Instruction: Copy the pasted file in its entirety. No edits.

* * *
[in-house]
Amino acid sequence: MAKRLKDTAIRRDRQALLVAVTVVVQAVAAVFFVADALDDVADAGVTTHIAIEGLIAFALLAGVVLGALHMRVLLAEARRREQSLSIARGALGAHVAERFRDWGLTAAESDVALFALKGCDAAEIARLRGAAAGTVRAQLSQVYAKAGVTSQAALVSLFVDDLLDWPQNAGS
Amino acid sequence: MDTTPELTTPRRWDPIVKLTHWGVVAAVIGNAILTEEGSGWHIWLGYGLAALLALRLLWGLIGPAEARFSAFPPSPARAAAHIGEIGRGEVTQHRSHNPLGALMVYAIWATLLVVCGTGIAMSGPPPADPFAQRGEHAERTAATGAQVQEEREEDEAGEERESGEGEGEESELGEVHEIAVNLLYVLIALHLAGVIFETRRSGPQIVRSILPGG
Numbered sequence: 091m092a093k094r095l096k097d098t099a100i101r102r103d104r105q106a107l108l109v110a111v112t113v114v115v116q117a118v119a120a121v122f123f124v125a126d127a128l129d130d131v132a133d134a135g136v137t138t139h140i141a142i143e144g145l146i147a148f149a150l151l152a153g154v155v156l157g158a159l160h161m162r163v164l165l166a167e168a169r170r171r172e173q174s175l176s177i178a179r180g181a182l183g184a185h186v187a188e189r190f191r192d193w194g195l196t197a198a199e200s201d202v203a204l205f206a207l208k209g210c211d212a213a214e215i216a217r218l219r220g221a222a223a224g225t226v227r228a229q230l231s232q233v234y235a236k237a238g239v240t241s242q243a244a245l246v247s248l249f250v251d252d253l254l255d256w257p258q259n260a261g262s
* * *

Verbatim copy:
[in-house]
Amino acid sequence: MAKRLKDTAIRRDRQALLVAVTVVVQAVAAVFFVADALDDVADAGVTTHIAIEGLIAFALLAGVVLGALHMRVLLAEARRREQSLSIARGALGAHVAERFRDWGLTAAESDVALFALKGCDAAEIARLRGAAAGTVRAQLSQVYAKAGVTSQAALVSLFVDDLLDWPQNAGS
Amino acid sequence: MDTTPELTTPRRWDPIVKLTHWGVVAAVIGNAILTEEGSGWHIWLGYGLAALLALRLLWGLIGPAEARFSAFPPSPARAAAHIGEIGRGEVTQHRSHNPLGALMVYAIWATLLVVCGTGIAMSGPPPADPFAQRGEHAERTAATGAQVQEEREEDEAGEERESGEGEGEESELGEVHEIAVNLLYVLIALHLAGVIFETRRSGPQIVRSILPGG
Numbered sequence: 091m092a093k094r095l096k097d098t099a100i101r102r103d104r105q106a107l108l109v110a111v112t113v114v115v116q117a118v119a120a121v122f123f124v125a126d127a128l129d130d131v132a133d134a135g136v137t138t139h140i141a142i143e144g145l146i147a148f149a150l151l152a153g154v155v156l157g158a159l160h161m162r163v164l165l166a167e168a169r170r171r172e173q174s175l176s177i178a179r180g181a182l183g184a185h186v187a188e189r190f191r192d193w194g195l196t197a198a199e200s201d202v203a204l205f206a207l208k209g210c211d212a213a214e215i216a217r218l219r220g221a222a223a224g225t226v227r228a229q230l231s232q233v234y235a236k237a238g239v240t241s242q243a244a245l246v247s248l249f250v251d252d253l254l255d256w257p258q259n260a261g262s